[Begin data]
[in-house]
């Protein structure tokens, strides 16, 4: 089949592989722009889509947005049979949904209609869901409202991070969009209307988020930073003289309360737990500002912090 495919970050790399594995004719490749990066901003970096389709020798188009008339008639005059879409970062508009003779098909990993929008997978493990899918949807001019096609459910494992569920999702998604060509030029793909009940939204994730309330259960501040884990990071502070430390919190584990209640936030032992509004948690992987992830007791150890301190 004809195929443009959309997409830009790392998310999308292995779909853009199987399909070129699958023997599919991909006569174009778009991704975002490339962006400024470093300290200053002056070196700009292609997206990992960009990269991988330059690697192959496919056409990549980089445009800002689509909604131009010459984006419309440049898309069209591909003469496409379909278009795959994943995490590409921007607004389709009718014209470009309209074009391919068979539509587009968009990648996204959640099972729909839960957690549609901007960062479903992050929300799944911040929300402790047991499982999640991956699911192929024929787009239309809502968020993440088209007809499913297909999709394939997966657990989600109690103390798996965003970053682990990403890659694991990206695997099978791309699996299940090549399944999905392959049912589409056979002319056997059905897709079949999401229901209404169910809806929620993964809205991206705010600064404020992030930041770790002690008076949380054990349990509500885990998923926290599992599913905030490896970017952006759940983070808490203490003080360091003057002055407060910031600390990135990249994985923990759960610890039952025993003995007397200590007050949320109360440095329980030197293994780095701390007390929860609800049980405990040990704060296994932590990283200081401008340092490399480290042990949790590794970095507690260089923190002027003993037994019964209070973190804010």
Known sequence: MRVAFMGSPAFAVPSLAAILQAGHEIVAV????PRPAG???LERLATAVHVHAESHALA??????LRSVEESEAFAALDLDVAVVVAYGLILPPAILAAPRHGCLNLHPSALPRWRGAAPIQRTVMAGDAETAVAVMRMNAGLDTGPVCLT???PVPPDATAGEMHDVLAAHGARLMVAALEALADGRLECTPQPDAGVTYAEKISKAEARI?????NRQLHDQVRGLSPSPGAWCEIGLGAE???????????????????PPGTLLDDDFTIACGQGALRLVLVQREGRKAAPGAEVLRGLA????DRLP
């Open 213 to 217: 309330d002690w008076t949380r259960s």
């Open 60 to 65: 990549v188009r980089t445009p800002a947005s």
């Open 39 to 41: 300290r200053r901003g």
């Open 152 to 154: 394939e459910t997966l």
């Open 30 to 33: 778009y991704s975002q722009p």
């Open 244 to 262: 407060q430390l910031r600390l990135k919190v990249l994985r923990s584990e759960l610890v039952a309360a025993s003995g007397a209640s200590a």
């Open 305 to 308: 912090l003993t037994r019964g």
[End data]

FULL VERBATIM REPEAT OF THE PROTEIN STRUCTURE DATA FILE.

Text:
[in-house]
């Protein structure tokens, strides 16, 4: 089949592989722009889509947005049979949904209609869901409202991070969009209307988020930073003289309360737990500002912090 495919970050790399594995004719490749990066901003970096389709020798188009008339008639005059879409970062508009003779098909990993929008997978493990899918949807001019096609459910494992569920999702998604060509030029793909009940939204994730309330259960501040884990990071502070430390919190584990209640936030032992509004948690992987992830007791150890301190 004809195929443009959309997409830009790392998310999308292995779909853009199987399909070129699958023997599919991909006569174009778009991704975002490339962006400024470093300290200053002056070196700009292609997206990992960009990269991988330059690697192959496919056409990549980089445009800002689509909604131009010459984006419309440049898309069209591909003469496409379909278009795959994943995490590409921007607004389709009718014209470009309209074009391919068979539509587009968009990648996204959640099972729909839960957690549609901007960062479903992050929300799944911040929300402790047991499982999640991956699911192929024929787009239309809502968020993440088209007809499913297909999709394939997966657990989600109690103390798996965003970053682990990403890659694991990206695997099978791309699996299940090549399944999905392959049912589409056979002319056997059905897709079949999401229901209404169910809806929620993964809205991206705010600064404020992030930041770790002690008076949380054990349990509500885990998923926290599992599913905030490896970017952006759940983070808490203490003080360091003057002055407060910031600390990135990249994985923990759960610890039952025993003995007397200590007050949320109360440095329980030197293994780095701390007390929860609800049980405990040990704060296994932590990283200081401008340092490399480290042990949790590794970095507690260089923190002027003993037994019964209070973190804010």
Known sequence: MRVAFMGSPAFAVPSLAAILQAGHEIVAV????PRPAG???LERLATAVHVHAESHALA??????LRSVEESEAFAALDLDVAVVVAYGLILPPAILAAPRHGCLNLHPSALPRWRGAAPIQRTVMAGDAETAVAVMRMNAGLDTGPVCLT???PVPPDATAGEMHDVLAAHGARLMVAALEALADGRLECTPQPDAGVTYAEKISKAEARI?????NRQLHDQVRGLSPSPGAWCEIGLGAE???????????????????PPGTLLDDDFTIACGQGALRLVLVQREGRKAAPGAEVLRGLA????DRLP
């Open 213 to 217: 309330d002690w008076t949380r259960s």
């Open 60 to 65: 990549v188009r980089t445009p800002a947005s």
């Open 39 to 41: 300290r200053r901003g």
């Open 152 to 154: 394939e459910t997966l």
């Open 30 to 33: 778009y991704s975002q722009p």
């Open 244 to 262: 407060q430390l910031r600390l990135k919190v990249l994985r923990s584990e759960l610890v039952a309360a025993s003995g007397a209640s200590a």
């Open 305 to 308: 912090l003993t037994r019964g």